Dr. Jose Ramos-Horta, Nobel Peace Prize Laureate and former President of Timor-Leste, was born in the country’s capital, Dili, on 26 December 1949.
Ramos-Horta began his career in journalism in 1969 in Timor-Leste, and was a co-founder of FRETILIN (Revolutionary Front for the Independence of Timor-Leste).
He has held key government posts within his nation including: Minister for Foreign Affairs and Information in the first government proclaimed in December 1975 following Timor-Leste’s Unilateral Declaration of Independence, and Representative, Spokesperson, for the Resistance (1975-1999); Cabinet Member, United Nations Transition Administration for East Timor (2000-2002); Senior Minister, Minister for Foreign Affairs and Cooperation (2002-2006); and Prime Minister, Minister of Defense (2006-2007).
In 2007, with a 70% margin, Ramos-Horta was elected President of Timor-Leste, a position he held until 2012.
Since then, he has served in a number of posts both in and out of Timor-Leste. He is currently a Member, Council of State, an Advisory Body to the President of Timor-Leste, and just completed his assignment as Special Representative of the UN Secretary-General and Head of the UN Integrated Peace Building Mission in Guinea-Bissau.
Throughout his career, Dr. Jose Ramos-Horta has worked tirelessly on behalf of human rights and the eradication of extreme poverty. He has been an advocate for indigenous and minority peoples’ rights, mutual respect and tolerance among faiths.
In January 1990, at the University of New South Wales in Sydney, he launched the first ever human rights education and training program in Asia, “Diplomacy and Human Rights”. The program is an innovative approach in the teaching of human rights. It remains the most successful program of its kind in the entire Asia-Pacific region, with training sessions conducted throughout the year in various countries. To-date, more than 2,000 human rights advocates have benefited from the initiative.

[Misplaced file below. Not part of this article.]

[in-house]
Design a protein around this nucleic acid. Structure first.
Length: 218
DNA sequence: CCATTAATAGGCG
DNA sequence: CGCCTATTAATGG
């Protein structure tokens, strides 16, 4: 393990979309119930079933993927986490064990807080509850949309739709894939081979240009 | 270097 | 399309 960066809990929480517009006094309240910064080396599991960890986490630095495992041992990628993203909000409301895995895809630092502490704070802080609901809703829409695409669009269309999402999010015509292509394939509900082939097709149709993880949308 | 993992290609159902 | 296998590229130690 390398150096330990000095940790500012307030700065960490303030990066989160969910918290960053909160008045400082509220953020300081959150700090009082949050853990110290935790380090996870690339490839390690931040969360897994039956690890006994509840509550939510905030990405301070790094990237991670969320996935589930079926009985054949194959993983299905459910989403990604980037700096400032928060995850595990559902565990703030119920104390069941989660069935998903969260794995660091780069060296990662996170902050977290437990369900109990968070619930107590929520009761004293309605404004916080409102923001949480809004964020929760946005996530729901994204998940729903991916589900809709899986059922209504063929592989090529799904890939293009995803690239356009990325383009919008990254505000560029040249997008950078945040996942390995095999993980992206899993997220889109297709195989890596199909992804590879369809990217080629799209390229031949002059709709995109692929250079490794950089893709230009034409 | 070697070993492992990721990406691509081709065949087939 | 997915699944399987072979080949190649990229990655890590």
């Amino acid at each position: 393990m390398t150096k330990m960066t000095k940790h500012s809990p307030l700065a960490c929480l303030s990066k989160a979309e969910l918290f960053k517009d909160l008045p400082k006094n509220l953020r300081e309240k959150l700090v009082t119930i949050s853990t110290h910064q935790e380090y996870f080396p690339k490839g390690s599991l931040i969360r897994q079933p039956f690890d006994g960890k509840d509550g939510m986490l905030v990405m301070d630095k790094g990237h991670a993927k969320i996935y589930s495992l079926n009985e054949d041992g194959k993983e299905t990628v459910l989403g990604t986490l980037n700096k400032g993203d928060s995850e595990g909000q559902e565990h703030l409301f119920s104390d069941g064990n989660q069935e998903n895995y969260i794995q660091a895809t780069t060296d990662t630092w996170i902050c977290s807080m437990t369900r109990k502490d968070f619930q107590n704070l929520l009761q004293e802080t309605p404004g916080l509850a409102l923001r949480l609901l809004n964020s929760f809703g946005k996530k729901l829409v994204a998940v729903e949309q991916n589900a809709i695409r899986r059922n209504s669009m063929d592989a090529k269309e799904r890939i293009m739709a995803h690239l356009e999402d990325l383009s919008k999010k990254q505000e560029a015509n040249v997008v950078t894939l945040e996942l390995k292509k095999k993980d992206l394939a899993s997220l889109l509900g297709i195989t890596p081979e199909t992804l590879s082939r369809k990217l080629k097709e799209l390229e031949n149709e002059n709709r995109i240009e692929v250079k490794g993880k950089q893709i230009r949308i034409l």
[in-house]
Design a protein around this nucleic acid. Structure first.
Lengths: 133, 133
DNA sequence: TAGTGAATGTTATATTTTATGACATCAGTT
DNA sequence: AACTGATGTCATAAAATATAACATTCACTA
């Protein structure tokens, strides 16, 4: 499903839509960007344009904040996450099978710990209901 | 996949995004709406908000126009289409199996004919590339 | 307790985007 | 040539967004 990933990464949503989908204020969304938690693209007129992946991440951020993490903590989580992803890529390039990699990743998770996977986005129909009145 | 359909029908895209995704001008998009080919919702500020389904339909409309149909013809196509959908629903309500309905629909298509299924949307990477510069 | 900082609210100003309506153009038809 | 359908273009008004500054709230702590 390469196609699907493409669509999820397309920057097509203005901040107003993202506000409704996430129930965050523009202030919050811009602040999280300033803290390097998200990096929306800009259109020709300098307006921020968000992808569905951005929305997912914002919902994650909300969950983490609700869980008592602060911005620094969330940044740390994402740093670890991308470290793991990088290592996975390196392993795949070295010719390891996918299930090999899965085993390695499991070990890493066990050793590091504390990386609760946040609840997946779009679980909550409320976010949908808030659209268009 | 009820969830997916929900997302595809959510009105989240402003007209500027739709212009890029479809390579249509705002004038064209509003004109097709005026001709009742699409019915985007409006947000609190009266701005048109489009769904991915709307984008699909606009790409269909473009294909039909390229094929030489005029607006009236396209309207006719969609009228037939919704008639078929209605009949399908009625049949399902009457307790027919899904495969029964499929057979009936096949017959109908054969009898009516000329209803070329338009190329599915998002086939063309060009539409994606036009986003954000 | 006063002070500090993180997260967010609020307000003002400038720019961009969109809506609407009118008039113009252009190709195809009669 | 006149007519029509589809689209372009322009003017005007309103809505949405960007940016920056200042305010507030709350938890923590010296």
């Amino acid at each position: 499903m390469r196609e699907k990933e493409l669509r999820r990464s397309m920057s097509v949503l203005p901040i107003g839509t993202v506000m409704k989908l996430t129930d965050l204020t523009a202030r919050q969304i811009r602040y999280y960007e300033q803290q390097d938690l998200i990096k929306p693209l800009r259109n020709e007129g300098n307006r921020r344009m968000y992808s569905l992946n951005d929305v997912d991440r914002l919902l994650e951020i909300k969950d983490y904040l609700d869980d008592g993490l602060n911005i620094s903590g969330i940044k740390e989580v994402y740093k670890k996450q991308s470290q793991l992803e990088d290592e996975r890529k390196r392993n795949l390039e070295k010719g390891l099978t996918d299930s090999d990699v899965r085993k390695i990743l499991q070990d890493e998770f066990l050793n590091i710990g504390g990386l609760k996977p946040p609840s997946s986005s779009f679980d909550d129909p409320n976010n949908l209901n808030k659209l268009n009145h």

Additionally, in July 1994, Ramos-Horta led the first ever human rights education and advocacy training program in Burma. Since then, training programs have been conducted in Indonesia, Timor-Leste, Malaysia, Thailand, The Philippines, Hong Kong, India, Nepal, and Qatar.
As Head of State, Ramos-Horta did not shy away from publicly condemning human rights abuses in North Korea and Iran when other Asian leaders were silent.
During his Presidency, Ramos-Horta launched a series of simple, creative anti-poverty initiatives, aimed at improving the lives of the poorest of the poor. Among them, he launched a community-based housing program for the extremely poor and vulnerable, empowering youths to participate in cash-for-work programs.
For the five years of his term in office, President Ramos-Horta donated half of his monthly salary and the “13th month bonus” to social and humanitarian projects. All his local travel per-diem was donated to the lowest paid staff in his office. Plus, his paid public speaking engagements were donated to different groups in Timor-Leste, particularly, NGOs providing shelter, protection and counseling to women and girls who were victims of domestic and sexual violence.
During his assignment in Guinea-Bissau, Ramos-Horta personally paid for numerous poor and critically ill patients to be evacuated to Lisbon for urgent treatment.
Throughout the years, Ramos-Horta has received distinguished awards, along with numerous academic honors from the world’s most prestigious universities.
Along with Bishop Carlos Belo, for “their work towards a just and peaceful solution to the conflict in Timor-Leste” Ramos-Horta was awarded the Nobel Peace Prize in December 1996.
Besides his mother tongues Tetum and Portuguese, Ramos-Horta is fluent in English, French and Spanish. He resides in Dili.